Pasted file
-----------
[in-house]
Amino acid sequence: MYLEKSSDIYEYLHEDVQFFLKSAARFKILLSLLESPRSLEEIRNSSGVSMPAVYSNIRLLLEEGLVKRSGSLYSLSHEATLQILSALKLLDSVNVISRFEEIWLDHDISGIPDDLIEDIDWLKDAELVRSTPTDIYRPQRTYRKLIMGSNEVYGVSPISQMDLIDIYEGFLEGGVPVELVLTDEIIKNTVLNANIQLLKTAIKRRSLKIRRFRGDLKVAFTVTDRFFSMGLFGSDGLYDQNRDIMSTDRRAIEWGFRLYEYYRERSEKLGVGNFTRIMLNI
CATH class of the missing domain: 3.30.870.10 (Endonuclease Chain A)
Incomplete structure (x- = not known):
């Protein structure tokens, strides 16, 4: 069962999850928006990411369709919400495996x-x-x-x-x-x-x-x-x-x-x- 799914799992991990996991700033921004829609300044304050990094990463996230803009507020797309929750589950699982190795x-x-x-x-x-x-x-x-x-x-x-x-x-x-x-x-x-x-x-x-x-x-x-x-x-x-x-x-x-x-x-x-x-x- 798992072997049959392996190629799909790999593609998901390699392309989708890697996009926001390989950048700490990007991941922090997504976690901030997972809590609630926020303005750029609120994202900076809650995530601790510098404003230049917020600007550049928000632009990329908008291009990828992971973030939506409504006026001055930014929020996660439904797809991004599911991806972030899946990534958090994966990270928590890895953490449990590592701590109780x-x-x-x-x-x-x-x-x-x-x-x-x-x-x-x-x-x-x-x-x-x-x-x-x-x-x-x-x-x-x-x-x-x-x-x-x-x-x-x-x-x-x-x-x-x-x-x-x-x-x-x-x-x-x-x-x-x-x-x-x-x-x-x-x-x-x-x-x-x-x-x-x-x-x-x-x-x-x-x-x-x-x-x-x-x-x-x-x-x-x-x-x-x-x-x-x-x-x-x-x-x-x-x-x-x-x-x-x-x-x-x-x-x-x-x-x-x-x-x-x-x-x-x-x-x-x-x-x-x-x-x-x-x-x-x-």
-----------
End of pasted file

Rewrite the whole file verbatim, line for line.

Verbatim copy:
[in-house]
Amino acid sequence: MYLEKSSDIYEYLHEDVQFFLKSAARFKILLSLLESPRSLEEIRNSSGVSMPAVYSNIRLLLEEGLVKRSGSLYSLSHEATLQILSALKLLDSVNVISRFEEIWLDHDISGIPDDLIEDIDWLKDAELVRSTPTDIYRPQRTYRKLIMGSNEVYGVSPISQMDLIDIYEGFLEGGVPVELVLTDEIIKNTVLNANIQLLKTAIKRRSLKIRRFRGDLKVAFTVTDRFFSMGLFGSDGLYDQNRDIMSTDRRAIEWGFRLYEYYRERSEKLGVGNFTRIMLNI
CATH class of the missing domain: 3.30.870.10 (Endonuclease Chain A)
Incomplete structure (x- = not known):
């Protein structure tokens, strides 16, 4: 069962999850928006990411369709919400495996x-x-x-x-x-x-x-x-x-x-x- 799914799992991990996991700033921004829609300044304050990094990463996230803009507020797309929750589950699982190795x-x-x-x-x-x-x-x-x-x-x-x-x-x-x-x-x-x-x-x-x-x-x-x-x-x-x-x-x-x-x-x-x-x- 798992072997049959392996190629799909790999593609998901390699392309989708890697996009926001390989950048700490990007991941922090997504976690901030997972809590609630926020303005750029609120994202900076809650995530601790510098404003230049917020600007550049928000632009990329908008291009990828992971973030939506409504006026001055930014929020996660439904797809991004599911991806972030899946990534958090994966990270928590890895953490449990590592701590109780x-x-x-x-x-x-x-x-x-x-x-x-x-x-x-x-x-x-x-x-x-x-x-x-x-x-x-x-x-x-x-x-x-x-x-x-x-x-x-x-x-x-x-x-x-x-x-x-x-x-x-x-x-x-x-x-x-x-x-x-x-x-x-x-x-x-x-x-x-x-x-x-x-x-x-x-x-x-x-x-x-x-x-x-x-x-x-x-x-x-x-x-x-x-x-x-x-x-x-x-x-x-x-x-x-x-x-x-x-x-x-x-x-x-x-x-x-x-x-x-x-x-x-x-x-x-x-x-x-x-x-x-x-x-x-x-």